Lee M. Shavel
Chief Executive Officer at Verisk Analytics

So Faiza, thanks for the question. So and when we talk about our international business, naturally, our Energy business is substantially an international business. And so in that regard, we've kind of commented on to, in answer to Toni's questions, the strength that we've seen in the subscription [Indecipherable] basis for an assumption of our successful wins as well as on the consulting side. On the international business from an insurance perspective, there are a variety of businesses. The most significant of which is our Specialty Business Solutions business. And a business that is providing a software-oriented ecosystem to the nonstandard Lloyd's market. It is a business that has generated very strong revenue growth rates. It's a double, has been a double-digit grower. Within the business, we have successfully integrated other bolt-on acquisitions, such as a ratings engine within that business. And we're very happy with the performance of that business and our ability to expand off of that. That is one piece of a larger portfolio of Insurance businesses that we have developed, which have generally been additive to our overall growth rate. I'll ask Mark maybe to describe a couple of the other components of the businesses and generally the performance and their contributions to our international businesses. But I just want to make that distinction between Energy and Insurance.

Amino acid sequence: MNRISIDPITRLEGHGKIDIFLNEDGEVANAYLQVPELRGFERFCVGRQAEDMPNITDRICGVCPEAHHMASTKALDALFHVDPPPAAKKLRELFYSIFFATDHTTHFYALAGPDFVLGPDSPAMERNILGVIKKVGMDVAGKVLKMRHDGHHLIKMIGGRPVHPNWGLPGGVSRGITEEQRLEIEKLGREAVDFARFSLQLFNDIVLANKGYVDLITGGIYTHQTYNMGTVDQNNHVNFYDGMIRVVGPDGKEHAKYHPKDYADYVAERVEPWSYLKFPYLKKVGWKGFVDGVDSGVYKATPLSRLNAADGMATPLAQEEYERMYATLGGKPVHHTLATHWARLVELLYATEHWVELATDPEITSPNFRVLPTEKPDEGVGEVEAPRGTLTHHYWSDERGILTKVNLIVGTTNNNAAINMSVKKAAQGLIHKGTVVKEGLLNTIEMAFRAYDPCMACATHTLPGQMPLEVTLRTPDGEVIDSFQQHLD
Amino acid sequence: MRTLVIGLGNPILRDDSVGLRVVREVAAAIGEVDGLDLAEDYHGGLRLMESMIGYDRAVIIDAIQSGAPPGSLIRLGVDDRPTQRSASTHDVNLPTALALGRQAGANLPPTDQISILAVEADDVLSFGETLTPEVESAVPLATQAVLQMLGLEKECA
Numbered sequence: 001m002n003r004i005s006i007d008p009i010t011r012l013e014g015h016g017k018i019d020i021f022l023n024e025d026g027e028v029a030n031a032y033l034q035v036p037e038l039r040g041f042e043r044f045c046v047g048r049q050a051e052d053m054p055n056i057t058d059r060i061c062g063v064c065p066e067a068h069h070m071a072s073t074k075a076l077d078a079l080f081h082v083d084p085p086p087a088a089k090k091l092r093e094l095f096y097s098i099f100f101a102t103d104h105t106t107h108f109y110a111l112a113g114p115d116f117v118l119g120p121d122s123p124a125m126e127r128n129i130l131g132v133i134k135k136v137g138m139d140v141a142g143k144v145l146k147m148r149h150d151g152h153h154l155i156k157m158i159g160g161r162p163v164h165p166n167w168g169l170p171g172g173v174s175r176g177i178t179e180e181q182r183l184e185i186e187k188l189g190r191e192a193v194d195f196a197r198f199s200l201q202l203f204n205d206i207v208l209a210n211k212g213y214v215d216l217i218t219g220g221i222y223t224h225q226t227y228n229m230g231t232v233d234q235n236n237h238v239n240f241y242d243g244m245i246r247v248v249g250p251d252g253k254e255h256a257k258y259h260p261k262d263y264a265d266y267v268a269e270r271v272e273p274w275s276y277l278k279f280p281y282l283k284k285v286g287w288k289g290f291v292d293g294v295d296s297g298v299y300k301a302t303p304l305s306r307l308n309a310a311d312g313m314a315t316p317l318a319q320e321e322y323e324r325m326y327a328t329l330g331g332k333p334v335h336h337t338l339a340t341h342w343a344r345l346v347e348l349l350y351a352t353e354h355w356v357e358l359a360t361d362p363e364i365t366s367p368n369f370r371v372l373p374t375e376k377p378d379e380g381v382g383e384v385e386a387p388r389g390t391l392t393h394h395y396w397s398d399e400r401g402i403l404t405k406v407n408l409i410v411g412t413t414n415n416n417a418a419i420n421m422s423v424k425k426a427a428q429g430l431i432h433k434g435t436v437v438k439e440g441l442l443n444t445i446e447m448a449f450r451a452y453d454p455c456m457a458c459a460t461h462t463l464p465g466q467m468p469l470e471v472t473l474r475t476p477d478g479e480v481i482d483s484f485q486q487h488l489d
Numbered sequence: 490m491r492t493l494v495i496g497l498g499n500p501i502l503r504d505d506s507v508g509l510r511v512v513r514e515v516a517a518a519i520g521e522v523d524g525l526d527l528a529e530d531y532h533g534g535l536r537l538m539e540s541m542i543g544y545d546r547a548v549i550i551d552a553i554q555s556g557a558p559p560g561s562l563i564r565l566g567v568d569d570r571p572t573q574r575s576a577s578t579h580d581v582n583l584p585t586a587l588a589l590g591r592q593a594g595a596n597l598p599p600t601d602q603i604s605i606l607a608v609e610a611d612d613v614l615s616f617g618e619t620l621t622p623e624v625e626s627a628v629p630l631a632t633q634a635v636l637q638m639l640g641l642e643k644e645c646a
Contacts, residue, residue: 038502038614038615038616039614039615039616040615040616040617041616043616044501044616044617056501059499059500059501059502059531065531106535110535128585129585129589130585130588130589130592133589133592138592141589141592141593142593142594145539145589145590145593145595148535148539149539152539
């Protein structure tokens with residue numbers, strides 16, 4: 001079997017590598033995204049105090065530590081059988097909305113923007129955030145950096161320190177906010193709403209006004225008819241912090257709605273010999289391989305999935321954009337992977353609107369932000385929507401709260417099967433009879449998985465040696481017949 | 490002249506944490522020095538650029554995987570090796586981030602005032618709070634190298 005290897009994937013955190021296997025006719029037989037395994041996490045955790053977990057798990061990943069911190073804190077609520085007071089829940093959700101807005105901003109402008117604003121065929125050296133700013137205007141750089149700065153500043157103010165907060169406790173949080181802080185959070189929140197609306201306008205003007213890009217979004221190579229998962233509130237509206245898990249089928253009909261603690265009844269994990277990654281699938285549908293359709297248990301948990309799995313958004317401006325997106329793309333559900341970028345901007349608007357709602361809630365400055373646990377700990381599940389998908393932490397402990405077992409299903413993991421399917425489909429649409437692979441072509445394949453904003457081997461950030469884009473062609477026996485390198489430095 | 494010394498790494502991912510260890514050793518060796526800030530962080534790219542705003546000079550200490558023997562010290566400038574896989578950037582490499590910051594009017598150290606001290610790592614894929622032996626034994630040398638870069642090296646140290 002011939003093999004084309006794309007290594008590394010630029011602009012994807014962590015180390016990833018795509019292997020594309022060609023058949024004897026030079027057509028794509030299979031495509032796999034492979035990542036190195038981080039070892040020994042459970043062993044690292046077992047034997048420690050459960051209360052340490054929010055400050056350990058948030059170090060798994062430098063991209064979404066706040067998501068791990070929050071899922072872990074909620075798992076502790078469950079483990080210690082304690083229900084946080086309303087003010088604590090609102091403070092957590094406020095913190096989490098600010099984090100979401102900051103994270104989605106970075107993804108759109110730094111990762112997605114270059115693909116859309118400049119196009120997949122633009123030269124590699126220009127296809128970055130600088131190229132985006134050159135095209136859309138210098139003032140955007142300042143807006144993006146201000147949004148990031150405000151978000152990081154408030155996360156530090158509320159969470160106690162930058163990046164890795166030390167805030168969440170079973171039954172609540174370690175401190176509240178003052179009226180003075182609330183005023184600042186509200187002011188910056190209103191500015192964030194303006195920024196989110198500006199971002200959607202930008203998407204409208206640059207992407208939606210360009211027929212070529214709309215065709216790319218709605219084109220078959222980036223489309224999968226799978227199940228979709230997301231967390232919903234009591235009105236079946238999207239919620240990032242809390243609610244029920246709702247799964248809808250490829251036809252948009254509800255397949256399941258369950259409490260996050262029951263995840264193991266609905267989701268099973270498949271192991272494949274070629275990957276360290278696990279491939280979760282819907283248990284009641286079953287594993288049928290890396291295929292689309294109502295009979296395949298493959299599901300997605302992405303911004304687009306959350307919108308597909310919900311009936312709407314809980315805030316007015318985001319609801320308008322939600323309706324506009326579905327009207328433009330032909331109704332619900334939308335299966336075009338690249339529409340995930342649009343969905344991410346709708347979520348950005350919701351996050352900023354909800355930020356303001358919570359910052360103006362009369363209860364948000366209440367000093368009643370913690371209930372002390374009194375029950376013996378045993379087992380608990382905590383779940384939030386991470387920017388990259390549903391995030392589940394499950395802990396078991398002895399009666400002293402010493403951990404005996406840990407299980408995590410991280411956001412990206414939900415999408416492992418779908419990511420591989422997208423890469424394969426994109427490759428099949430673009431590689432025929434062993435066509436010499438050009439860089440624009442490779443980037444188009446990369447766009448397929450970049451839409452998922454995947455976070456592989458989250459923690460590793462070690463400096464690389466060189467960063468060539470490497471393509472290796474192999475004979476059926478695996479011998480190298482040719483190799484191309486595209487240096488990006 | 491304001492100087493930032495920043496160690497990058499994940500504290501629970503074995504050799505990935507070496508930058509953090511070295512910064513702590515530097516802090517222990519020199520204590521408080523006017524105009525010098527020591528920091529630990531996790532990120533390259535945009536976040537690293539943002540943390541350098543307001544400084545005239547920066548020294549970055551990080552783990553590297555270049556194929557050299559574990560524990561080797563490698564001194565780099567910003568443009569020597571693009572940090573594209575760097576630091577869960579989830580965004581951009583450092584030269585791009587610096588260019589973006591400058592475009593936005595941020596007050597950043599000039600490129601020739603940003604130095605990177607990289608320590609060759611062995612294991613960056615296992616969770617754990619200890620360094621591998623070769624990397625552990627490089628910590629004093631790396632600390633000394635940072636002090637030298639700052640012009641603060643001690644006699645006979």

Mark V. Anquillare
President and Chief Operating Officer at Verisk Analytics